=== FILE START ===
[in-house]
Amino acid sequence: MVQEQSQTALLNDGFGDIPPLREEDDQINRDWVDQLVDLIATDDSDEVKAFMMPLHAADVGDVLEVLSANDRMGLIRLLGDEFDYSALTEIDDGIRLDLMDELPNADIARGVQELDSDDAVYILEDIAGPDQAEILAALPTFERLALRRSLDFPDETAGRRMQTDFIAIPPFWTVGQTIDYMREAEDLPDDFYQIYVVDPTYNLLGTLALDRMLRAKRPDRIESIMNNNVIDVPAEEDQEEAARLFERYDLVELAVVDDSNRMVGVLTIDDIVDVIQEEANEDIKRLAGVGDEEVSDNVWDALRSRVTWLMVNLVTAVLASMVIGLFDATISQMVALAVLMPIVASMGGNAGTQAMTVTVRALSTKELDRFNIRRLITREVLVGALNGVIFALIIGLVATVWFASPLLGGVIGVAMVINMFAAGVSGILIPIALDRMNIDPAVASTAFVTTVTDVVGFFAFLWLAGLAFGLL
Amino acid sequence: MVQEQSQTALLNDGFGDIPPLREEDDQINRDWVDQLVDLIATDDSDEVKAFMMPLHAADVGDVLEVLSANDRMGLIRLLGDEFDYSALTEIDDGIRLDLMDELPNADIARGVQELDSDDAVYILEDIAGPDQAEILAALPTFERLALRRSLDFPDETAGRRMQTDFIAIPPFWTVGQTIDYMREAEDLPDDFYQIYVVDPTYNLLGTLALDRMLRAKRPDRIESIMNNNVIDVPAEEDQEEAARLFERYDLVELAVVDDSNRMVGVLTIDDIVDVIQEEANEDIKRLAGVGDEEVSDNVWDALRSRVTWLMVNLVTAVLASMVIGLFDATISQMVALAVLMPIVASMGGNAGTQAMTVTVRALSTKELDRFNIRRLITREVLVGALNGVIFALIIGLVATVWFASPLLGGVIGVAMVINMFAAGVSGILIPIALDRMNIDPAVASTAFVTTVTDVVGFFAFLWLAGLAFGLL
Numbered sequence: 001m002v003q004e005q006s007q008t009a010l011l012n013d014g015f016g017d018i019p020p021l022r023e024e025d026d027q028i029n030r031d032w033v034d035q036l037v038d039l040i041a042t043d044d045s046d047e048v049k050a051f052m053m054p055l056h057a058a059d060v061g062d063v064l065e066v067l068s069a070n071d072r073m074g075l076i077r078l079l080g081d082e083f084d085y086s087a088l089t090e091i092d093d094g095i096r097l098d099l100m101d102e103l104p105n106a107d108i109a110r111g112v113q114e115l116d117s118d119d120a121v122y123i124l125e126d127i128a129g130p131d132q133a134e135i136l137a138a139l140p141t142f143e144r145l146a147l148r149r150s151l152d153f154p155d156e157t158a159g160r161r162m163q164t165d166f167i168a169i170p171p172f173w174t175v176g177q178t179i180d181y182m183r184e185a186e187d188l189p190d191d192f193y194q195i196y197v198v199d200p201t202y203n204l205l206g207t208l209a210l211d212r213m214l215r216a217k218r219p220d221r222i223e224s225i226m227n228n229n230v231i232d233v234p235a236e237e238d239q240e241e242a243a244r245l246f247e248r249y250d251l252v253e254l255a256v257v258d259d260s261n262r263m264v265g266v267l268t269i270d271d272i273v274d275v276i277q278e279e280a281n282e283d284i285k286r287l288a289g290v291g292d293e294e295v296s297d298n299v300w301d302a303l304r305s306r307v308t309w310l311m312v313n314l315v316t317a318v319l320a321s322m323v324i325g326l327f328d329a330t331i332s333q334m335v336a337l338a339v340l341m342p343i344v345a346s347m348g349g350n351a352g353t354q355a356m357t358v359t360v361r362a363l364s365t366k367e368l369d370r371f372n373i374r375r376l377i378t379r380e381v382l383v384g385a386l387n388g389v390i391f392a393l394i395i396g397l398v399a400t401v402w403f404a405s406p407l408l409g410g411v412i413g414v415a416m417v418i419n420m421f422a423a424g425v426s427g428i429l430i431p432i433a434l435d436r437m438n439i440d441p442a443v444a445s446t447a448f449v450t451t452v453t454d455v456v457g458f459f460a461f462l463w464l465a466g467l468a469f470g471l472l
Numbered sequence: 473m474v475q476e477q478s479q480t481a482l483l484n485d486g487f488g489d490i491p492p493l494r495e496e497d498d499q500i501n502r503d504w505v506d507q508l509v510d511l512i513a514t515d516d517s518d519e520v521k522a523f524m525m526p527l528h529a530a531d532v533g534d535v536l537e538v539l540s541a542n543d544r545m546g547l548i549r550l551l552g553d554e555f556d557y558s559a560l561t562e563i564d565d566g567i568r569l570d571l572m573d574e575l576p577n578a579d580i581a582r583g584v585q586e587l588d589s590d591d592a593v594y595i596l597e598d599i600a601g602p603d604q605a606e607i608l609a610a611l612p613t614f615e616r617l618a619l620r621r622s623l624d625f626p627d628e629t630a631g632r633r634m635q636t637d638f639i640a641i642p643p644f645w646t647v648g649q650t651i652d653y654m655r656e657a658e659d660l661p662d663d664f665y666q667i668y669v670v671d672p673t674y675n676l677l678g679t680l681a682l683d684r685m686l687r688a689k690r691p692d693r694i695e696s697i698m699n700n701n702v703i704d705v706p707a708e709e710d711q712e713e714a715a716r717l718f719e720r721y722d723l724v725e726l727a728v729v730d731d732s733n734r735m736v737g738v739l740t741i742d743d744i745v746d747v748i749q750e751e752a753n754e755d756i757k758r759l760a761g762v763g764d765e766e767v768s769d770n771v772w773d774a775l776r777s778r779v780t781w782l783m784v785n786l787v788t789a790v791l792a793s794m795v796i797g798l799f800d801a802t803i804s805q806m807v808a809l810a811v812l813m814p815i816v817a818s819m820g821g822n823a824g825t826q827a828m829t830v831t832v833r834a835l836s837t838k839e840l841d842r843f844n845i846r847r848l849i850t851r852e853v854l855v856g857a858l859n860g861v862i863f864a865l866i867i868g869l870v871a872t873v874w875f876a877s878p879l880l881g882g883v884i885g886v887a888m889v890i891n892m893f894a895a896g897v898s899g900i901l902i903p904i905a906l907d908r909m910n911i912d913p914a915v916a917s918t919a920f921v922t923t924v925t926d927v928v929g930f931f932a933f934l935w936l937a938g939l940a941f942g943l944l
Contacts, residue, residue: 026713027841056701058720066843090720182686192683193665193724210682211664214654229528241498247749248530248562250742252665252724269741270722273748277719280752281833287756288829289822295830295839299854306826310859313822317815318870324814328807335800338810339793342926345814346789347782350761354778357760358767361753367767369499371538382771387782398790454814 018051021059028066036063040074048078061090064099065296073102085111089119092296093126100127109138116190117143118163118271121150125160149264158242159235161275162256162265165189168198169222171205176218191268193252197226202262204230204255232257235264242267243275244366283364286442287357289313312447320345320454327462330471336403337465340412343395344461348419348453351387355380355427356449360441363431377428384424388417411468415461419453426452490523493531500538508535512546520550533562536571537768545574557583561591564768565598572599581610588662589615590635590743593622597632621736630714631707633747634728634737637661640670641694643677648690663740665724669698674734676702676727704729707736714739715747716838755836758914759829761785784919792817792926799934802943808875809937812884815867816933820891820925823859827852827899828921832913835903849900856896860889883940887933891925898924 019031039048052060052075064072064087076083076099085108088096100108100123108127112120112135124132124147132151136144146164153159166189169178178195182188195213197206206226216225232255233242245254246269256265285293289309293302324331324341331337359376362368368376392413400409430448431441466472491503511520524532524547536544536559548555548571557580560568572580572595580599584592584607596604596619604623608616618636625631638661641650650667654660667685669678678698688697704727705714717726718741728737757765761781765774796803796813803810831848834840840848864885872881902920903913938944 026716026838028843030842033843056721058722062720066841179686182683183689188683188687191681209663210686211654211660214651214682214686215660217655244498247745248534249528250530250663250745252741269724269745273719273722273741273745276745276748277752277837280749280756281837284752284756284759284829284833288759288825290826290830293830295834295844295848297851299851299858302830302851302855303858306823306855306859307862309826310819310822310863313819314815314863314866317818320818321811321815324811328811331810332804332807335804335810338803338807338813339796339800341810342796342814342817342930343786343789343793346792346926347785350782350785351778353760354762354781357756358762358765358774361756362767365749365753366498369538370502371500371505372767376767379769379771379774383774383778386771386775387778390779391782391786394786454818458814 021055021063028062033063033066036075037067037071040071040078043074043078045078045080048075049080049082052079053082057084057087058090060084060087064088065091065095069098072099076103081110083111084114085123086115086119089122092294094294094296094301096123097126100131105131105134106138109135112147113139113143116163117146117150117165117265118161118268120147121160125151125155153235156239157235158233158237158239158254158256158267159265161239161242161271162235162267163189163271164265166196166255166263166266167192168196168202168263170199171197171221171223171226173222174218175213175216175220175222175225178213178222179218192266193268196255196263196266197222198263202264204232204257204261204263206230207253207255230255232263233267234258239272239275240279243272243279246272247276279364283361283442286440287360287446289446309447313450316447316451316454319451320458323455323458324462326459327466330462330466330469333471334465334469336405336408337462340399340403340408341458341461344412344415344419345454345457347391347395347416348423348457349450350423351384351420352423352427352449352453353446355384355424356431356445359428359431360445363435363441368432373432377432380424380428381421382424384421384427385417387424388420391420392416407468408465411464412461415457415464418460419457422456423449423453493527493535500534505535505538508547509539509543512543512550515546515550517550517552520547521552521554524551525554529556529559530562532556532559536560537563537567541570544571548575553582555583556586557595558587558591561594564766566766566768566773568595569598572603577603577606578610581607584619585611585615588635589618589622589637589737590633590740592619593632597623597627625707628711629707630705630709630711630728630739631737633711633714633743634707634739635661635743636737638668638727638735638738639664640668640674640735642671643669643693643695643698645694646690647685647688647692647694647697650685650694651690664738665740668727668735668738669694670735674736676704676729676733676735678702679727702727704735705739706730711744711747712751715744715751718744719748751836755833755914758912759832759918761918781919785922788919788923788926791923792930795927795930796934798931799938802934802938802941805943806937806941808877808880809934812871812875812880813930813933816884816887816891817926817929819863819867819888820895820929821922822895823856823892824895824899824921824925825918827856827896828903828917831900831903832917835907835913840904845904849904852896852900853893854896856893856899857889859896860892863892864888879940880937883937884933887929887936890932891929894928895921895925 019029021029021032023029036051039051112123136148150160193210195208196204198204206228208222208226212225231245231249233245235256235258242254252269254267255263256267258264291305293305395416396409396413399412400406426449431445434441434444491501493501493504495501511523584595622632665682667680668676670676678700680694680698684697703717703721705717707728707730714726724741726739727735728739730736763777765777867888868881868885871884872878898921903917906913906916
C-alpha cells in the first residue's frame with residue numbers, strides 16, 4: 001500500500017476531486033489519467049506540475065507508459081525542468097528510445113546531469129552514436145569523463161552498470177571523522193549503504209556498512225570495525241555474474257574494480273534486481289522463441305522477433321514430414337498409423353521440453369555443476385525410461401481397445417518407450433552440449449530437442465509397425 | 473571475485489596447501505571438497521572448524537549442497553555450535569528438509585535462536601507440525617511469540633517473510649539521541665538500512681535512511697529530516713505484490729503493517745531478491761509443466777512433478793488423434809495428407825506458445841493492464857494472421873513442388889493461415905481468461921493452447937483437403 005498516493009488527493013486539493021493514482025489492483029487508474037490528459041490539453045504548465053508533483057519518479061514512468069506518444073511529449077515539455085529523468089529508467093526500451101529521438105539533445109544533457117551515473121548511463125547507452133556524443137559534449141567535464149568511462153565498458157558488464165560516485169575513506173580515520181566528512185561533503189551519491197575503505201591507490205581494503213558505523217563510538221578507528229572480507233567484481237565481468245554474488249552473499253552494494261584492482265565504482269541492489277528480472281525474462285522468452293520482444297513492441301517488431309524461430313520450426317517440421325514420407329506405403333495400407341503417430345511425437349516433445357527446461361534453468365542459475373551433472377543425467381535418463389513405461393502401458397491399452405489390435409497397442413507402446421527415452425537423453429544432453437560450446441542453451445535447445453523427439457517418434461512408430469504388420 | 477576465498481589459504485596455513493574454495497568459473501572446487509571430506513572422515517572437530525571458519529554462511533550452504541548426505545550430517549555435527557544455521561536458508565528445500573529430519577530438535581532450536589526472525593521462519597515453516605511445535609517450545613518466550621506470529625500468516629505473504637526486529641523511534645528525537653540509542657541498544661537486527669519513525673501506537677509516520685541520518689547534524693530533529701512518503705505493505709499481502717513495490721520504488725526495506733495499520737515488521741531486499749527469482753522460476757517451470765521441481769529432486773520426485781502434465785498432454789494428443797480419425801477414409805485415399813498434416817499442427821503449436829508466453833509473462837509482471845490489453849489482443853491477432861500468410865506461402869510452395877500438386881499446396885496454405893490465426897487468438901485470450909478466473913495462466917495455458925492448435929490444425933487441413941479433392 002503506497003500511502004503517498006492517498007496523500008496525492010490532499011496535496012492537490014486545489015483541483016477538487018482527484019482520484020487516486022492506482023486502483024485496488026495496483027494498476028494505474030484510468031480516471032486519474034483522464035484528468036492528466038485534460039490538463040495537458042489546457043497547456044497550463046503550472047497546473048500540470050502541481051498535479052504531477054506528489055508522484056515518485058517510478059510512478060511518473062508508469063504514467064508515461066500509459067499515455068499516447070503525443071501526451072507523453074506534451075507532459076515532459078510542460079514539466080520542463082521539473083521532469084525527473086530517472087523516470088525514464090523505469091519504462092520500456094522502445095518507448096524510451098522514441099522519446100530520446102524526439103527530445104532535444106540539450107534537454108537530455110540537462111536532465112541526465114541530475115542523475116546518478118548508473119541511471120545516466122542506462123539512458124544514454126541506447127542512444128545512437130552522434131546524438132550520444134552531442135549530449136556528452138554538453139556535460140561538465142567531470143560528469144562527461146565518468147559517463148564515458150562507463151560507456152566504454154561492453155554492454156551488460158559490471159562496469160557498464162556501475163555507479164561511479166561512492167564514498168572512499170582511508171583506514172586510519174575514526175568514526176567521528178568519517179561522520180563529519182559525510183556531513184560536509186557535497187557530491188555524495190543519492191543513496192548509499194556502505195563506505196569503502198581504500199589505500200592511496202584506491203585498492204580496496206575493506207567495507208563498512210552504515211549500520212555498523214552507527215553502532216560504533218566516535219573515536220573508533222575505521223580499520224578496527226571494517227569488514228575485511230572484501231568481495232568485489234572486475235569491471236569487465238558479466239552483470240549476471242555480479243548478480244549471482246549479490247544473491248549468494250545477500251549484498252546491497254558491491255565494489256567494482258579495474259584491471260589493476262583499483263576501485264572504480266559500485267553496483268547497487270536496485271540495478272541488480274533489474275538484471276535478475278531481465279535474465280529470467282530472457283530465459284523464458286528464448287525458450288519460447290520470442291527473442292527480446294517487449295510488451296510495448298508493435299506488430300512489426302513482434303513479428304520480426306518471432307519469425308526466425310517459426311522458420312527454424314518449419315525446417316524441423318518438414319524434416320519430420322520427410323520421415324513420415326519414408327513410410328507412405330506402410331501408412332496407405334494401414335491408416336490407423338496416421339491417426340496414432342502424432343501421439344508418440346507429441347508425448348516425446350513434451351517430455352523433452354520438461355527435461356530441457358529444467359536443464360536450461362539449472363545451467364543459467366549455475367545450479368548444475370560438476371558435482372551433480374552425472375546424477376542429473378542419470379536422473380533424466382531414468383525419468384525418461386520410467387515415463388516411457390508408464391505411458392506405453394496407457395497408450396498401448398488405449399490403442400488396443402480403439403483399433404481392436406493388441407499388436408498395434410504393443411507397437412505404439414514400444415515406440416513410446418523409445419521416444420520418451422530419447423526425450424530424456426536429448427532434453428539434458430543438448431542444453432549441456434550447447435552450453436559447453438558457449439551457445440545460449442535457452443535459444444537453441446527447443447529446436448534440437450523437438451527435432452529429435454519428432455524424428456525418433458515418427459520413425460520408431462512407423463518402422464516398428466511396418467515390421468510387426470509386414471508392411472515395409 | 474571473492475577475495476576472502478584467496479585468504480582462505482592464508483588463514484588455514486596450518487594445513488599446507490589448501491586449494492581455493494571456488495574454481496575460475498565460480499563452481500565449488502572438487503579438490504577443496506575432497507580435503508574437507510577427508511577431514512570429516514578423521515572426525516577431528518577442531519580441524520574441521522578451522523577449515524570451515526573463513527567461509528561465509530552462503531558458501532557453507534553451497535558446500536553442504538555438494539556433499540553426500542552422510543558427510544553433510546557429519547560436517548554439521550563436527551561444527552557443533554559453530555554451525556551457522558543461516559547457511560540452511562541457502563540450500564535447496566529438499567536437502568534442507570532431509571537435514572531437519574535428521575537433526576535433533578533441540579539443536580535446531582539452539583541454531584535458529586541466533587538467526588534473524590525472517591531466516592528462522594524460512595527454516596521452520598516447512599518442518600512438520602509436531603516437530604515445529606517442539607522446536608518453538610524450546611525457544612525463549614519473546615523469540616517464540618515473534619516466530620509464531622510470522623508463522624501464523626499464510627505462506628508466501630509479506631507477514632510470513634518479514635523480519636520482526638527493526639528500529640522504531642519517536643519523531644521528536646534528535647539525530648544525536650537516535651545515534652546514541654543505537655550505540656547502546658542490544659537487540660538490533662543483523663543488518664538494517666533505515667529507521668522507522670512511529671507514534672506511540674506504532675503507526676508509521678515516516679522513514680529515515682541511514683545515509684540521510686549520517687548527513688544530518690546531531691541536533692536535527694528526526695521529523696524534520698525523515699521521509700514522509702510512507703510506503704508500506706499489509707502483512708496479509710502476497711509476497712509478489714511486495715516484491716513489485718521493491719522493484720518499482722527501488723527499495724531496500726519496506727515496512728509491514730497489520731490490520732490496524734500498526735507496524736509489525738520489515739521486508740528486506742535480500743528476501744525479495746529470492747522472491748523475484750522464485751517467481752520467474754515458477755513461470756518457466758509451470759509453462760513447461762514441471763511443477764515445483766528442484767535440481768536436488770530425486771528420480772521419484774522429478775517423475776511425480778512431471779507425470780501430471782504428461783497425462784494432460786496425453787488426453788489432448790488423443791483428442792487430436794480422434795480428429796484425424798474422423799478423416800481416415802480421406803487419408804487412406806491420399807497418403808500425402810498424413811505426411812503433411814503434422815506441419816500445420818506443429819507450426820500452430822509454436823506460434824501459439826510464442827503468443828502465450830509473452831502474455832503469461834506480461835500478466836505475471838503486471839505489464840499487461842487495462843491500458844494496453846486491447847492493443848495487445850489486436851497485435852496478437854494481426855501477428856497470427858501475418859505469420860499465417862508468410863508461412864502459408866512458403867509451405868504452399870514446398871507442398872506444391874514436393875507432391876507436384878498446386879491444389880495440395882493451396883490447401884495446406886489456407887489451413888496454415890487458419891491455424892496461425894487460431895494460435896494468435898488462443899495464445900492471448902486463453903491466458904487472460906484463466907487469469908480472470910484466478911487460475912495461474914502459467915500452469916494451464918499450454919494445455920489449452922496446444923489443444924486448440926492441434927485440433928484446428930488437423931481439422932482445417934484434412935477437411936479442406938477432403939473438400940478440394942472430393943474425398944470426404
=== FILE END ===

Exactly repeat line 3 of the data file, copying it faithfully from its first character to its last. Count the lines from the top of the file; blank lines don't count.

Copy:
Amino acid sequence: MVQEQSQTALLNDGFGDIPPLREEDDQINRDWVDQLVDLIATDDSDEVKAFMMPLHAADVGDVLEVLSANDRMGLIRLLGDEFDYSALTEIDDGIRLDLMDELPNADIARGVQELDSDDAVYILEDIAGPDQAEILAALPTFERLALRRSLDFPDETAGRRMQTDFIAIPPFWTVGQTIDYMREAEDLPDDFYQIYVVDPTYNLLGTLALDRMLRAKRPDRIESIMNNNVIDVPAEEDQEEAARLFERYDLVELAVVDDSNRMVGVLTIDDIVDVIQEEANEDIKRLAGVGDEEVSDNVWDALRSRVTWLMVNLVTAVLASMVIGLFDATISQMVALAVLMPIVASMGGNAGTQAMTVTVRALSTKELDRFNIRRLITREVLVGALNGVIFALIIGLVATVWFASPLLGGVIGVAMVINMFAAGVSGILIPIALDRMNIDPAVASTAFVTTVTDVVGFFAFLWLAGLAFGLL